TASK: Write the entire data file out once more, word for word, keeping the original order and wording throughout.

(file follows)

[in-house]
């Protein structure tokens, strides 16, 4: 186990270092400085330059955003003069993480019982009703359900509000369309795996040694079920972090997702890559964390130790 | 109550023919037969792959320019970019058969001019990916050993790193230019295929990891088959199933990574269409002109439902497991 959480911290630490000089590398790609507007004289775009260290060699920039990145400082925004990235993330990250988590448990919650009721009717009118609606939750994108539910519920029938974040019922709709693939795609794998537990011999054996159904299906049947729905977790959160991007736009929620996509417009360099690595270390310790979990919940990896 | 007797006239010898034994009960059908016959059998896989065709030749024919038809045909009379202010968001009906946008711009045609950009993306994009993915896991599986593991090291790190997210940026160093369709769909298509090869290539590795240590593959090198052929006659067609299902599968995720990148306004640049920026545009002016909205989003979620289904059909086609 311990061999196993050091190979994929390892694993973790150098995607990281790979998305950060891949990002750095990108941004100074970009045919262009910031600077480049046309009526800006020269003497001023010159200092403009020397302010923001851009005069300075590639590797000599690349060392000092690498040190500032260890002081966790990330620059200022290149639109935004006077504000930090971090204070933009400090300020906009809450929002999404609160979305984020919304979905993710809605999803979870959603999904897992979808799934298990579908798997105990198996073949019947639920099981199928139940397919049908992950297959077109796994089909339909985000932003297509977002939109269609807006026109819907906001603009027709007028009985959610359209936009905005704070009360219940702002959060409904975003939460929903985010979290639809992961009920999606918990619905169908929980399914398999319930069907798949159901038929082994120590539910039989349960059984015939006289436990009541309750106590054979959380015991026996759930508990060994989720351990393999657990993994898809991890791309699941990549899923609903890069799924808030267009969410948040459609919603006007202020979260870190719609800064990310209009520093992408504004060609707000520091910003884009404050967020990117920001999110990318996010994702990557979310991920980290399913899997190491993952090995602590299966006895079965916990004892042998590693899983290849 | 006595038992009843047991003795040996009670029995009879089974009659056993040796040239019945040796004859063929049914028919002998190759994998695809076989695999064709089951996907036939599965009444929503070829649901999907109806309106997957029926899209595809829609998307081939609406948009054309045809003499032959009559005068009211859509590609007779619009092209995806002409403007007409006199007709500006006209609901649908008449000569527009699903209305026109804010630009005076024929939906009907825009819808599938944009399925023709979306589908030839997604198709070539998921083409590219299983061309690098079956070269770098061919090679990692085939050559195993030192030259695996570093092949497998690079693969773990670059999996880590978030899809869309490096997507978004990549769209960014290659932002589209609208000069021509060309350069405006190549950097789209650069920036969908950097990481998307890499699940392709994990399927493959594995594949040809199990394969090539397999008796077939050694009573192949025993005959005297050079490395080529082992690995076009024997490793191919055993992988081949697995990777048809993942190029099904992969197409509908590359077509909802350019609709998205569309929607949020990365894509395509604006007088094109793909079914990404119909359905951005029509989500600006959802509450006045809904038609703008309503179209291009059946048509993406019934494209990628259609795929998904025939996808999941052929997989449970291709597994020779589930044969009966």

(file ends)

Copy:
[in-house]
């Protein structure tokens, strides 16, 4: 186990270092400085330059955003003069993480019982009703359900509000369309795996040694079920972090997702890559964390130790 | 109550023919037969792959320019970019058969001019990916050993790193230019295929990891088959199933990574269409002109439902497991 959480911290630490000089590398790609507007004289775009260290060699920039990145400082925004990235993330990250988590448990919650009721009717009118609606939750994108539910519920029938974040019922709709693939795609794998537990011999054996159904299906049947729905977790959160991007736009929620996509417009360099690595270390310790979990919940990896 | 007797006239010898034994009960059908016959059998896989065709030749024919038809045909009379202010968001009906946008711009045609950009993306994009993915896991599986593991090291790190997210940026160093369709769909298509090869290539590795240590593959090198052929006659067609299902599968995720990148306004640049920026545009002016909205989003979620289904059909086609 311990061999196993050091190979994929390892694993973790150098995607990281790979998305950060891949990002750095990108941004100074970009045919262009910031600077480049046309009526800006020269003497001023010159200092403009020397302010923001851009005069300075590639590797000599690349060392000092690498040190500032260890002081966790990330620059200022290149639109935004006077504000930090971090204070933009400090300020906009809450929002999404609160979305984020919304979905993710809605999803979870959603999904897992979808799934298990579908798997105990198996073949019947639920099981199928139940397919049908992950297959077109796994089909339909985000932003297509977002939109269609807006026109819907906001603009027709007028009985959610359209936009905005704070009360219940702002959060409904975003939460929903985010979290639809992961009920999606918990619905169908929980399914398999319930069907798949159901038929082994120590539910039989349960059984015939006289436990009541309750106590054979959380015991026996759930508990060994989720351990393999657990993994898809991890791309699941990549899923609903890069799924808030267009969410948040459609919603006007202020979260870190719609800064990310209009520093992408504004060609707000520091910003884009404050967020990117920001999110990318996010994702990557979310991920980290399913899997190491993952090995602590299966006895079965916990004892042998590693899983290849 | 006595038992009843047991003795040996009670029995009879089974009659056993040796040239019945040796004859063929049914028919002998190759994998695809076989695999064709089951996907036939599965009444929503070829649901999907109806309106997957029926899209595809829609998307081939609406948009054309045809003499032959009559005068009211859509590609007779619009092209995806002409403007007409006199007709500006006209609901649908008449000569527009699903209305026109804010630009005076024929939906009907825009819808599938944009399925023709979306589908030839997604198709070539998921083409590219299983061309690098079956070269770098061919090679990692085939050559195993030192030259695996570093092949497998690079693969773990670059999996880590978030899809869309490096997507978004990549769209960014290659932002589209609208000069021509060309350069405006190549950097789209650069920036969908950097990481998307890499699940392709994990399927493959594995594949040809199990394969090539397999008796077939050694009573192949025993005959005297050079490395080529082992690995076009024997490793191919055993992988081949697995990777048809993942190029099904992969197409509908590359077509909802350019609709998205569309929607949020990365894509395509604006007088094109793909079914990404119909359905951005029509989500600006959802509450006045809904038609703008309503179209291009059946048509993406019934494209990628259609795929998904025939996808999941052929997989449970291709597994020779589930044969009966």